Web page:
This decrease in the resonance frequency is now described. An equivalent circuit of the split-ring resonator shown in FIG. 3 from which the spacer 7 and the shielding member 6 are removed is shown in FIG. 5(a), where a capacitor of capacitance C and a combination of a coil of inductance L and a resistor of resistance R correspond to the slit 2 and the cylinder 1, respectively. Generally, however, the coil of the RF circuit produces not only an inductance but also a stray capacitance. Therefore, as shown in FIG. 6(a), electric lines of force are produces also from the cylinder of the split-ring resonator. Thus, an equivalent circuit of the resonator in the actual form is represented in FIG. 6(b), where a stray capacitance C' corresponding to the cylinder is connected in parallel with the capacitor C corresponding to the slit. When a sample containing a large amount of water is inserted in this cylinder, the sample increases the stray capacitance, leading to a reduction in the resonance frequency.

Where the shielding member 6 is disposed on the inner side of the slit 2 in accordance with the invention, the produced electric lines of force are concentrated near the slit by the shielding member 6 as shown in FIG. 6(c). For this reason, the capacitors formed on the cylinder are concentrated near the slit, as shown in FIG. 6(d). As a result, when a sample is inserted into the cylinder, the resonator is less affected by the inserted sample. Further, increases in the stray capacitance are suppressed. Consequently, the change in the resonance frequency is suppressed.

In FIG. 4, the marks Δ, □, , , , ⊖, show the relation between the resonance frequency and the rate η under the condition that the shielding member 6 having width D (FIG. 3) is disposed on the inner circumference of the cylinder 1. Where the marks Δ, □, , , , ⊖, correspond to D=23 mm, D=34 mm, D=40 m, D=50 mm, D=59 mm, D=69 mm, D= 78 mm, respectively. The marks plotted in FIG. 4. show that as the rate η of sample insertion is varied from 0 to 0.596, the resonance frequencies fluctuate from a maximum decrease of 0.0248 GHz to a maximum increase of 0.0357 GHz. As can be seen from the plotted marks of small circles ○ in FIG. 4, the insertion of η=0.596 of physiological salt solution caused a change of about 0.2753 GHz. Thus, the shielding member 6 can greatly reduce the change in the resonance frequency caused by the insertion of a sample.

In FIG. 7, the relation between the amount of the solution and the Q are plotted by marks of small circles ○ in the condition that the shielding member 6 and the spacer 7 were removed from FIG. 3. As the amount of the inserted sample increased from η=0 to η=0.334, the Q gradually decreased from 1230 to 23.3. When the rate is over 0.334, the matching between the resonator and the coaxial line is not obtained, because the voltage standing wave radio (VSWR) is larger than 1.4, and the ESR spectrum cannot be measured.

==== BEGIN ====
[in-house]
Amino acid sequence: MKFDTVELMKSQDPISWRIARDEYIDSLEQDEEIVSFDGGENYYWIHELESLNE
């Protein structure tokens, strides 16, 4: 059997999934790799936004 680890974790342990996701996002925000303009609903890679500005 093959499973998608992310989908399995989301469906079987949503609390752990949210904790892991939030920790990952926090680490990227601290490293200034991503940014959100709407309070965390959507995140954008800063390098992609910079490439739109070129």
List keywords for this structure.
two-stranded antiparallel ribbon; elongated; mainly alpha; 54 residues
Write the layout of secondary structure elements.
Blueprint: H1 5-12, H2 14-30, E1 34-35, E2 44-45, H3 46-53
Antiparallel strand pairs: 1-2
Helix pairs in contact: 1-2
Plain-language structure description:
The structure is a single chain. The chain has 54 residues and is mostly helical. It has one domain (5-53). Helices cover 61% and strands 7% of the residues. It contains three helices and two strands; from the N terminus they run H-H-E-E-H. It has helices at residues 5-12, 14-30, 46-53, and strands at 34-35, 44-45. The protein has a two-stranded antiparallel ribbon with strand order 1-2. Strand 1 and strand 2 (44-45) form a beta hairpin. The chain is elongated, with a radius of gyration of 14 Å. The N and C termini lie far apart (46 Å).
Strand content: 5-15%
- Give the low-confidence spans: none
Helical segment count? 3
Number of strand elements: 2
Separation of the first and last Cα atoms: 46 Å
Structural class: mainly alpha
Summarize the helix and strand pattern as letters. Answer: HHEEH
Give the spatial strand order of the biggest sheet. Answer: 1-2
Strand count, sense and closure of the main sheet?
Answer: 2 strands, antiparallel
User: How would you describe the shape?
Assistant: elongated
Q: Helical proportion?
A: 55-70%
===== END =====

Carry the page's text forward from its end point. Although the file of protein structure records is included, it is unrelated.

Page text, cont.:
In FIG. 7, the marks Δ, , show the relation between the Q and the rate η in the condition that the shielding member 6 having width D (FIG. 3) is disposed the inner circumference of the cylinder 1, where the marks Δ, , , correspond to D=23 mm, D=40 mm, D=78 mm, respectively. These marks plotted in FIG. 7 show that as the amount of the inserted sample increased from η=0 to η=0.596, the Q is decreased from 708 to 20.6. When the rate η=0.596, the voltage standing wave ratio VSWR=1.0, so that the matching between the resonator and the coaxial line is easily obtained.

Referring next to FIG. 8, there is shown another split-ring resonator which does not suffer from a large reduction in the Q. This resonator is characterized in that a spacer 8 made from a material of a high dielectric constant is interposed between the shielding member 6 and the cyinder 1. The dimensions fo various parts of the resonator are set as follows: r0 =14.5 mm, r1 =40.0 mm, t=5.0 mm, and w=5.0 mm. The axial length l of the cylinder 1 is 28.0 mm. The electric lines of force produced in the cylinder 1 are concentrated in the dielectric spacer. Therefore, the electric lines of force passing through the area where a sample is placed are reduced further. Consequently, even if a sample containing a large quantity of water is placed in the resonator, the dielectric loss brought about by the sample is reduced materially. Hence, it is possible that the Q of the resonator decreases slightly.

Referring to FIG. 9, there is shown a further split-ring resonator according to the invention. This resonator is similar to the resonator shown in FIG. 8 except that the shielding member 6 is not mounted and that the slit in the cylinder is shielded only by the dielectric spacer 8 which is wider than the slit. As shown in FIG. 6(e), the electric lines of force produced on the inner side of the cylinder of this resonator are concentrated near the inside of the slit. Also, as shown in FIG. 6(f), the capacitors formed on the cylinder are concentrated near the inside of the slit. Although this resonator shown in FIG. 9 yields advantages somewhat poorer than the advantages derived by the resonator shown in FIG. 8, it can accomplish the aforementioned main object of the invention.

In the above examples, the invention is applied to the split-ring resonator having a single slit. The invention is also applicable to a split-ring resonator having two or more slits. In this case, each slit should be shielded by a shielding member. Also, in the above examples, the shielding memer and the dielectric spacer form steps inside the cylinder. Therefore, these steps may hinder inserting a sample into the cylinder or withdrawing it from the cylinder or the sample may come into contact with the steps, damaging the shielding member or the dielectric spacer. To circumvent these undesirable situations, if the cylinder 1 has a sufficient thickness, then the structure shown in FIG. 10 can be adopted. More specifically, grooves are formed in the inner surface of the cylinder 1 to fitly accommodate the shielding member and the dielectric spacer, for removing the steps as mentioned above.